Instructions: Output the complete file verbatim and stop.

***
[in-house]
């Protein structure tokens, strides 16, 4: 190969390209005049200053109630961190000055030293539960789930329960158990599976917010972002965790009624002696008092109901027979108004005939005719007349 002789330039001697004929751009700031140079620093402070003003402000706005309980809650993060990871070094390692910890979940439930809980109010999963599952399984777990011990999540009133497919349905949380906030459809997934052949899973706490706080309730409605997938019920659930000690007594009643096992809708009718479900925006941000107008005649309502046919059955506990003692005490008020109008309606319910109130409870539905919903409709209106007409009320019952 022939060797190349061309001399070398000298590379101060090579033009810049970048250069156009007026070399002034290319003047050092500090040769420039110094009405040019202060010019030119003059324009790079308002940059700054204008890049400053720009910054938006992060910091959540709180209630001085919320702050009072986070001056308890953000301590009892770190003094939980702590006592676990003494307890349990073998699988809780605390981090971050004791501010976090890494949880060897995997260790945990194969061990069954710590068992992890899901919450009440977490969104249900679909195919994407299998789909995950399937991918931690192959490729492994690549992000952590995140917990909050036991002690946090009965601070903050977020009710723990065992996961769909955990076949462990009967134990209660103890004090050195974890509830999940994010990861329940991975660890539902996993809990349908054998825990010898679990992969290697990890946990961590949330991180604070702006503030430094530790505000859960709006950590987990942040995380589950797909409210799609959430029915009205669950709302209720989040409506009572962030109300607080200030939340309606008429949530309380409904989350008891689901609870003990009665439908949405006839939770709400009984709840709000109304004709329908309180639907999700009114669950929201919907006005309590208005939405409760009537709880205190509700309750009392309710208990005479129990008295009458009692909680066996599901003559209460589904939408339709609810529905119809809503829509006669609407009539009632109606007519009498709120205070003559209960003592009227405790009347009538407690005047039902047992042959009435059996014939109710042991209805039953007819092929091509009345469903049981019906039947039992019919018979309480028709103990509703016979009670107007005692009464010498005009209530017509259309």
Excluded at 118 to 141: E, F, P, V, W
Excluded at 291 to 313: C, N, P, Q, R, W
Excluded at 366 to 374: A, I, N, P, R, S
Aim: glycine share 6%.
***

[in-house]
């Protein structure tokens, strides 16, 4: 190969390209005049200053109630961190000055030293539960789930329960158990599976917010972002965790009624002696008092109901027979108004005939005719007349 002789330039001697004929751009700031140079620093402070003003402000706005309980809650993060990871070094390692910890979940439930809980109010999963599952399984777990011990999540009133497919349905949380906030459809997934052949899973706490706080309730409605997938019920659930000690007594009643096992809708009718479900925006941000107008005649309502046919059955506990003692005490008020109008309606319910109130409870539905919903409709209106007409009320019952 022939060797190349061309001399070398000298590379101060090579033009810049970048250069156009007026070399002034290319003047050092500090040769420039110094009405040019202060010019030119003059324009790079308002940059700054204008890049400053720009910054938006992060910091959540709180209630001085919320702050009072986070001056308890953000301590009892770190003094939980702590006592676990003494307890349990073998699988809780605390981090971050004791501010976090890494949880060897995997260790945990194969061990069954710590068992992890899901919450009440977490969104249900679909195919994407299998789909995950399937991918931690192959490729492994690549992000952590995140917990909050036991002690946090009965601070903050977020009710723990065992996961769909955990076949462990009967134990209660103890004090050195974890509830999940994010990861329940991975660890539902996993809990349908054998825990010898679990992969290697990890946990961590949330991180604070702006503030430094530790505000859960709006950590987990942040995380589950797909409210799609959430029915009205669950709302209720989040409506009572962030109300607080200030939340309606008429949530309380409904989350008891689901609870003990009665439908949405006839939770709400009984709840709000109304004709329908309180639907999700009114669950929201919907006005309590208005939405409760009537709880205190509700309750009392309710208990005479129990008295009458009692909680066996599901003559209460589904939408339709609810529905119809809503829509006669609407009539009632109606007519009498709120205070003559209960003592009227405790009347009538407690005047039902047992042959009435059996014939109710042991209805039953007819092929091509009345469903049981019906039947039992019919018979309480028709103990509703016979009670107007005692009464010498005009209530017509259309």
Excluded at 118 to 141: E, F, P, V, W
Excluded at 291 to 313: C, N, P, Q, R, W
Excluded at 366 to 374: A, I, N, P, R, S
Aim: glycine share 6%.